Chapel Hill has seen its share of notable visitors throughout its history. Some of these notables have been welcomed to town with open arms, others…not so much. In December 1931, writer Langston Hughes received one of these colder varieties of welcomes to the Hill.
Hughes had been invited to Chapel Hill by Milton “Ab” Abernethy, one of the publishers of a short-lived journal of literary and social commentary called Contempo, based in Chapel Hill. Abernethy, an avowed communist who, before settling in Chapel Hill, had been expelled from State College (now North Carolina State University) for publishing some rabble-rousing words about the college administration, is quite an intriguing figure in his own right – perhaps we’ll add more about Abernethy in a later post.
Although only lasting from 1931-1934, Contempo was able to build a strong reputation among critics for expanding the boundaries of literary work in the 1930s and was able to attract submissions from the likes of William Faulkner, Ezra Pound, Gertrude Stein, Sherwood Anderson, Erskine Caldwell, Hilda Doolittle (H.D.), e.e. cummings, William Carlos Williams, and many other luminaries of the day.
[The Southern Historical Collection is proud to be the home of a 720 item collection of Contempo Records (#4408) which includes letters to and from authors, typescripts of literary works, photographs, clippings and other items. The photograph above-left comes from this SHC collection.]
Throughout October and November 1931, Abernethy and Hughes corresponded to discuss including some of Hughes’ work in the December 1 issue of Contempo. The publishers had decided that this December issue would be a special issue on the events surrounding the case of the Scottsboro Boys – a special issue that would include opinion pieces on the case from those in the literary community, as well as poems and other works in response to the Scottsboro case. Hughes submitted several items to Abernethy for publication, including: a poem called “Christ in Alabama,” an accompanying drawing called “Black Christ” by artist Zell Ingram of Cleveland, Ohio, as well as an essay he called, “Southern Gentlemen, White Prostitutes, Mill-Owners, and Negroes.”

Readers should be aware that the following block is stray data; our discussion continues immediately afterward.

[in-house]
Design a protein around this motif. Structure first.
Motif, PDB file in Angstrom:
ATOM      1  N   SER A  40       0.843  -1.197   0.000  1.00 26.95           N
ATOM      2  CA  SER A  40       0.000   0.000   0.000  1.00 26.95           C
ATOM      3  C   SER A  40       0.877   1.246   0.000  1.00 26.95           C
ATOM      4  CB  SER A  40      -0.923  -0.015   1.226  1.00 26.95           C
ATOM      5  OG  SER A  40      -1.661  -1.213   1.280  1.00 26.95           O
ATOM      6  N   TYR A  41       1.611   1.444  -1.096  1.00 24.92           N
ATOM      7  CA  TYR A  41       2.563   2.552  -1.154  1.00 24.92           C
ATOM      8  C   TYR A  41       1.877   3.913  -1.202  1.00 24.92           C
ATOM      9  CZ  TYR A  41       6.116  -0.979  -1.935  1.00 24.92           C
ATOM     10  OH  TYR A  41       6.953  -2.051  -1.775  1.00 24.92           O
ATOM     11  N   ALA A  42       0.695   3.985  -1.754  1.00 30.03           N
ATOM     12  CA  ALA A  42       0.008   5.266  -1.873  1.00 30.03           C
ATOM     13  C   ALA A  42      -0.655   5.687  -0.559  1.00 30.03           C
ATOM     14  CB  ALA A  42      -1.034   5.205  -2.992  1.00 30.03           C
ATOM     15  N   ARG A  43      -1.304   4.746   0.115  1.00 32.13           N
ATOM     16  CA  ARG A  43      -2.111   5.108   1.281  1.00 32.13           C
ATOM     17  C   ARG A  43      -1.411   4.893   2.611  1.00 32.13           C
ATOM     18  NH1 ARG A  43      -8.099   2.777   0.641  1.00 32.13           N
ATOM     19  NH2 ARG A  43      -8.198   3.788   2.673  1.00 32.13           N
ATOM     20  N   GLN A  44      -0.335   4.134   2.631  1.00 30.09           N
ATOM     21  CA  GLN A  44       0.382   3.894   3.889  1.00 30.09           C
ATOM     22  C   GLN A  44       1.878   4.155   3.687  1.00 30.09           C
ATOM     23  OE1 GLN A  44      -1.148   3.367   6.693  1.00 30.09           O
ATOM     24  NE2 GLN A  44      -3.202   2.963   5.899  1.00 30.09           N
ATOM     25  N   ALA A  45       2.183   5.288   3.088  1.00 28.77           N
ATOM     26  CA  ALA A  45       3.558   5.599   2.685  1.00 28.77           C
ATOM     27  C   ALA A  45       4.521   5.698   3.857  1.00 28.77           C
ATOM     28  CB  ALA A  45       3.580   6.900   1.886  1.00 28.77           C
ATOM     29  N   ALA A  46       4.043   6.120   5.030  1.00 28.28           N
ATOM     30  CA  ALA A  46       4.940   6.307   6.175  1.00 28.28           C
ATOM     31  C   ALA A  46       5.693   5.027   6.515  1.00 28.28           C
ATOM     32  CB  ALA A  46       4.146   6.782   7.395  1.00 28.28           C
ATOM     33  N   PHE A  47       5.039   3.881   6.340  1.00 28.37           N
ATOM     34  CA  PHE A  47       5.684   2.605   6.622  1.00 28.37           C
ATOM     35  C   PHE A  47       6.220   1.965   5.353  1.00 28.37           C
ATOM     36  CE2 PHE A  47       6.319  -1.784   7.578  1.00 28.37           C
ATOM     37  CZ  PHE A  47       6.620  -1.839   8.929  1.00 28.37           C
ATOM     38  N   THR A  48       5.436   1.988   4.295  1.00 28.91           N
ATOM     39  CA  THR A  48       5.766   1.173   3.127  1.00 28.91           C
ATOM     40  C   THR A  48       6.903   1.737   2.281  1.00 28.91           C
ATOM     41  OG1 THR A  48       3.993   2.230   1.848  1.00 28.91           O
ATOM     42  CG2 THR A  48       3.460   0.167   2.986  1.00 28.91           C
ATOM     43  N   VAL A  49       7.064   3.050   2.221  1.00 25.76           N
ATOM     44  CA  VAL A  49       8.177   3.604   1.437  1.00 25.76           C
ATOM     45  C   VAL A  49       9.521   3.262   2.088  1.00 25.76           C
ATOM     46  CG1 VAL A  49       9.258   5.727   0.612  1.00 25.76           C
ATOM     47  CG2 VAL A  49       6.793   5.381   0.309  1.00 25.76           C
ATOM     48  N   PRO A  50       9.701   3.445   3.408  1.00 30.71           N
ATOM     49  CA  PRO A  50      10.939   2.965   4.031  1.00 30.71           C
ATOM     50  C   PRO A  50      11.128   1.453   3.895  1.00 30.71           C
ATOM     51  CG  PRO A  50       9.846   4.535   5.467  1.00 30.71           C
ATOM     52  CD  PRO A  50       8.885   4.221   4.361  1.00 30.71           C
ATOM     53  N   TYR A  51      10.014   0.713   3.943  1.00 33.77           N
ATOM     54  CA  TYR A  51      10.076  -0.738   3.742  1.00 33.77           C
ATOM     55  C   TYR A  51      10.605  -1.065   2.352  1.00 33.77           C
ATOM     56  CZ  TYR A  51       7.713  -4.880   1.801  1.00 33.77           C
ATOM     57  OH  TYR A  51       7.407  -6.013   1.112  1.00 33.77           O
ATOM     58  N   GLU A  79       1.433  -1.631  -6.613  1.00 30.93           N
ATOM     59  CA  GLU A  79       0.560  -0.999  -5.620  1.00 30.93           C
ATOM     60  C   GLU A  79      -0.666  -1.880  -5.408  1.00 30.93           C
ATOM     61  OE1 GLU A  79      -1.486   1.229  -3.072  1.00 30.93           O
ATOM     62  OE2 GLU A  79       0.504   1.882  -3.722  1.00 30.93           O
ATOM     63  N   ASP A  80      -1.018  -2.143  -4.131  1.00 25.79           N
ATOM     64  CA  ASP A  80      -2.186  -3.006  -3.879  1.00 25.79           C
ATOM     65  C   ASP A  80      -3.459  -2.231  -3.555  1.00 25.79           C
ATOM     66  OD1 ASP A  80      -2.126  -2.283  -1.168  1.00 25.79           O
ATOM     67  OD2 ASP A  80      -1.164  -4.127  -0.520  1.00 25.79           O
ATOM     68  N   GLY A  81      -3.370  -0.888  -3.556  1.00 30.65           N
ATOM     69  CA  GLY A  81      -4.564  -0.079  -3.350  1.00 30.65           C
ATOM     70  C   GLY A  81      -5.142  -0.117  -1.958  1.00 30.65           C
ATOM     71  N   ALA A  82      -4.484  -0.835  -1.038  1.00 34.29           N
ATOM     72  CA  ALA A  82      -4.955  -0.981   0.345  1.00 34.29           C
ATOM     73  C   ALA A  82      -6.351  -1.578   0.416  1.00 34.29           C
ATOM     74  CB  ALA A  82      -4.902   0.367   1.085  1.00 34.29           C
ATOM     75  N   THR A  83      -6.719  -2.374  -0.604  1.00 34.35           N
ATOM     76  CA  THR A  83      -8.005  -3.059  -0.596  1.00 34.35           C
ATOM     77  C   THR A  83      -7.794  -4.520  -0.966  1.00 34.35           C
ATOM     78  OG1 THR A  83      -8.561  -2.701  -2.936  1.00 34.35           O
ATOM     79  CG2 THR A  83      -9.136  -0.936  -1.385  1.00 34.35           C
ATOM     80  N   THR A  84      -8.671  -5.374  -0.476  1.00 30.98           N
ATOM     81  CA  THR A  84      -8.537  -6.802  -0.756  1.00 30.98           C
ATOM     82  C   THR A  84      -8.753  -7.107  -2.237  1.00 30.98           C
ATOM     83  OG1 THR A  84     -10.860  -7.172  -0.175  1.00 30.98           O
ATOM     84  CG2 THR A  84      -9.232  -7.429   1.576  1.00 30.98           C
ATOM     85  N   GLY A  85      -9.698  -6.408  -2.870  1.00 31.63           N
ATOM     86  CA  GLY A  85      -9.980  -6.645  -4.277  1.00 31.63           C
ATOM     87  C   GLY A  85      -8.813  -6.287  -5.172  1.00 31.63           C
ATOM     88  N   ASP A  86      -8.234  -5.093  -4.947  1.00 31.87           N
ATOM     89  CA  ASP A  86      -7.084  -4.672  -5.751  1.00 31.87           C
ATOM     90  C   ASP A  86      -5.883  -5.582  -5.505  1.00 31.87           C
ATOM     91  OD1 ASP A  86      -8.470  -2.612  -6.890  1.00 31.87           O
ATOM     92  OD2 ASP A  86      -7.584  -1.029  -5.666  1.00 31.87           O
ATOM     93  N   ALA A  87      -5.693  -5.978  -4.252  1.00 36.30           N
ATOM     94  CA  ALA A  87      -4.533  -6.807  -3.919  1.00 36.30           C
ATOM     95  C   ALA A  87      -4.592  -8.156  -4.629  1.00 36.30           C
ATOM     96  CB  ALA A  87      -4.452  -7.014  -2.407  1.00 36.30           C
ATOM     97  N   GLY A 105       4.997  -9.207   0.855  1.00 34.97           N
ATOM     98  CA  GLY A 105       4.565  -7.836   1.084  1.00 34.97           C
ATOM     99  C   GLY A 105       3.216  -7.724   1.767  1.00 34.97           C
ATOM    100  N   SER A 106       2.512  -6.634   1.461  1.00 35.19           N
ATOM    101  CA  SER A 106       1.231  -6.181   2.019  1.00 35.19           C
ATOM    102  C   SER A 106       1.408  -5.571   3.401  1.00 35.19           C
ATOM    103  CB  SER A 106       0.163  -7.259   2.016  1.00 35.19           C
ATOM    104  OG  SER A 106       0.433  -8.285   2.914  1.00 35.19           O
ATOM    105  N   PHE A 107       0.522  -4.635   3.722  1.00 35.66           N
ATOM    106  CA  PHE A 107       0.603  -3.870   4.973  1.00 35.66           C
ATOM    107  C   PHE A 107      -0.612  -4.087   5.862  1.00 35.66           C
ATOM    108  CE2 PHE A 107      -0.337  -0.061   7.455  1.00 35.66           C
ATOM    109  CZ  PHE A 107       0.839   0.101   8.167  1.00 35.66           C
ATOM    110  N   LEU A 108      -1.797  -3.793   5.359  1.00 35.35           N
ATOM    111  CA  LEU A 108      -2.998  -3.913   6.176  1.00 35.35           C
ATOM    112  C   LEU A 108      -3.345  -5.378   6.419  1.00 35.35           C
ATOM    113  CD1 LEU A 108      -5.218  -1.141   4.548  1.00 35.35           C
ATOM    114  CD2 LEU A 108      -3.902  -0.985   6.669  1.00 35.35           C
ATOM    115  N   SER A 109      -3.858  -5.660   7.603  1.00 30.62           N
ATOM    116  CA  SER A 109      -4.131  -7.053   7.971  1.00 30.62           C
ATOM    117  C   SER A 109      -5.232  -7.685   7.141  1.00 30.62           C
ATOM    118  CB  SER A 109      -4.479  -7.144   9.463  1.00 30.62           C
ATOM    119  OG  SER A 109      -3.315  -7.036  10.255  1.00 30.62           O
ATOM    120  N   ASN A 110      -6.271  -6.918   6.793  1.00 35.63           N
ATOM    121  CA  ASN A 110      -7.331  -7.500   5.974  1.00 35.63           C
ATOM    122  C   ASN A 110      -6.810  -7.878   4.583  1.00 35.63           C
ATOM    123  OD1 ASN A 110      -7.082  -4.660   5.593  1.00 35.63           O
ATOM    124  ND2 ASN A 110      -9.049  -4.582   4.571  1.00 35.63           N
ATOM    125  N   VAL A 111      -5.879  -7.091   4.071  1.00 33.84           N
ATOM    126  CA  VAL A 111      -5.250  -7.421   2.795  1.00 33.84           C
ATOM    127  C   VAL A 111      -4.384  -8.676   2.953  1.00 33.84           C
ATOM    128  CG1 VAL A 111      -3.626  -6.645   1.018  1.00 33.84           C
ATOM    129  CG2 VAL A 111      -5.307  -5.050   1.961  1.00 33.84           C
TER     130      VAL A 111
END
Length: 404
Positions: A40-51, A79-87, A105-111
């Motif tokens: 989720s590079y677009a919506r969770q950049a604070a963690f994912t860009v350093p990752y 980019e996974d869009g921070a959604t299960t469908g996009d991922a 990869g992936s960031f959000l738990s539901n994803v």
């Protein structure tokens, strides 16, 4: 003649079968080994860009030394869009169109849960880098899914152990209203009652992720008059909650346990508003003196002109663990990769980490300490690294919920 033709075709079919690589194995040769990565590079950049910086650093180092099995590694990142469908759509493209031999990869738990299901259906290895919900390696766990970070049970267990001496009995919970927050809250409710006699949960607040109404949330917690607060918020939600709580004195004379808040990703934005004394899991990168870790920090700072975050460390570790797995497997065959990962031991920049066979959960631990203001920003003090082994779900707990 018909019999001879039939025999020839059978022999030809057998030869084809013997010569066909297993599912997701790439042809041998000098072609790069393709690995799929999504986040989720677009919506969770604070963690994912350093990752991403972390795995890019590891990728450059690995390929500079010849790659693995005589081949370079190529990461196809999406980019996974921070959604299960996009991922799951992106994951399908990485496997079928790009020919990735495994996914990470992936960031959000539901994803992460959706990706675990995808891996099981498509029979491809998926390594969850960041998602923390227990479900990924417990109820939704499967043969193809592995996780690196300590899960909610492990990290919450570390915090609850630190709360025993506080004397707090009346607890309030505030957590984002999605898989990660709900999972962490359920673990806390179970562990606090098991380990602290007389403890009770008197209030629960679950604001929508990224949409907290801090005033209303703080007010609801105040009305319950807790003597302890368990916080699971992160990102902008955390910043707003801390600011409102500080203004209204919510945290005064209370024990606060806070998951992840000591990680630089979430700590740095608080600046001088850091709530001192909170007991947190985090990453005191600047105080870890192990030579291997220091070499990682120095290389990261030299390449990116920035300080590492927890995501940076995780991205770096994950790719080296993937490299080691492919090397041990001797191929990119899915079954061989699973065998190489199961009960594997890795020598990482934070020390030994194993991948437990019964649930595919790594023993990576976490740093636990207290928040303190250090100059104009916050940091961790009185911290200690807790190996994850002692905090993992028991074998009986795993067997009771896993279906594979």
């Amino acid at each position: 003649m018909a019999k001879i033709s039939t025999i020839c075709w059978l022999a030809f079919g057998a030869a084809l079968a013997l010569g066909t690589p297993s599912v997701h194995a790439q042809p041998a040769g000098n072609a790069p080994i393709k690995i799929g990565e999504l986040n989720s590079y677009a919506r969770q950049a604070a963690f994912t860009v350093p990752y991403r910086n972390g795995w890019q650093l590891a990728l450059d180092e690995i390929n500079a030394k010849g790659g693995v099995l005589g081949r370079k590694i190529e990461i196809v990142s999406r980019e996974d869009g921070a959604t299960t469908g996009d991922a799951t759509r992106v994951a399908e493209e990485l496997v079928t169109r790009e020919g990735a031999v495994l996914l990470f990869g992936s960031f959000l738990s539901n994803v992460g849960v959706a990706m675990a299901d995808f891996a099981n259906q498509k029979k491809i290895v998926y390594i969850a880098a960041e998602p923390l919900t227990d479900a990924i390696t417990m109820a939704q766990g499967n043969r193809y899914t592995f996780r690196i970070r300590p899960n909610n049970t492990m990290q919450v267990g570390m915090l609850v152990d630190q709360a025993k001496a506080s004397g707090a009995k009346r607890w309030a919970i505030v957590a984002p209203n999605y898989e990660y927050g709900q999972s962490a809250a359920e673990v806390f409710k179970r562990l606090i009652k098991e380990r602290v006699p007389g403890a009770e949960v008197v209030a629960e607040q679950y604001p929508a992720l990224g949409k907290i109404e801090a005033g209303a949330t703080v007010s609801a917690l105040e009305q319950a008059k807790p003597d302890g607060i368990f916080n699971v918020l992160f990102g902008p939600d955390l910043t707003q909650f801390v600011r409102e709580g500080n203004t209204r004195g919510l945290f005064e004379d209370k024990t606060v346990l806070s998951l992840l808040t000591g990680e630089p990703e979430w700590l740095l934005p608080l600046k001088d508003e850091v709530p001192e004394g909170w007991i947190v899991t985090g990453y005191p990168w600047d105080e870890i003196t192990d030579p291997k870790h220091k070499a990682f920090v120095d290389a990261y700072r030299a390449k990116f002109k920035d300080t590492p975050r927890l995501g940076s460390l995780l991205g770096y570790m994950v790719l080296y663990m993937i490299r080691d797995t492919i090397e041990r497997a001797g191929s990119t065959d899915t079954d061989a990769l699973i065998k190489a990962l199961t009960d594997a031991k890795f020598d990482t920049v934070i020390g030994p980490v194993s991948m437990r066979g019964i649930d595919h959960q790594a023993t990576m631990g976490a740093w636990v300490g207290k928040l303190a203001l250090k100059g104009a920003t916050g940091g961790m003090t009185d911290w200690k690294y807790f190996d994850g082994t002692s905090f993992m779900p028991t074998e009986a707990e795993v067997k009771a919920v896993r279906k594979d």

These titles alone would have caused a stir in the American South of the 1930s, but the content was also quite daring. The essay began with the sentence, “If the 9 Scottsboro boys die, the South ought to be ashamed of itself — but the 12 million Negroes in America ought to be more ashamed than the South.” The poem, “Christ in Alabama,” was even more pointed. Click here to view an image of the front page of the December 1931 issue of Contempo.
The publication of the Scottsboro issue of Contempo was timed to appear several days before Hughes was to visit Chapel Hill for a public reading. Citizens of the town of Chapel Hill were incensed. UNC President Frank Porter Graham and Chapel Hill town officials received a flood of letters denouncing Hughes as “sacrilegious” and calling for his engagement to be canceled (to put it softly). Graham did not interfere and the reading went on as planned.
Later, during Graham’s hard-fought 1950 Democratic primary in the campaign for U.S. Senate, the Hughes case was used quite effectively by Graham’s opponent, Willis Smith, as an example of Graham’s longstanding left-leaning (read: Communist) tendencies.
There is more of this story to discover in several of the SHC’s collections, as well as in various resources in the North Carolina Collection. There are letters and clippings relating to Hughes’ visit in the Guy Benton Johnson Papers, the aforementioned angry letters written to Frank Porter Graham in the Frank Porter Graham Papers, and other items. This is definitely an episode in Chapel Hill’s past that deserves further scholarly treatment – and it just so happens that we’ve got the raw material for said treatment right here in the SHC stacks!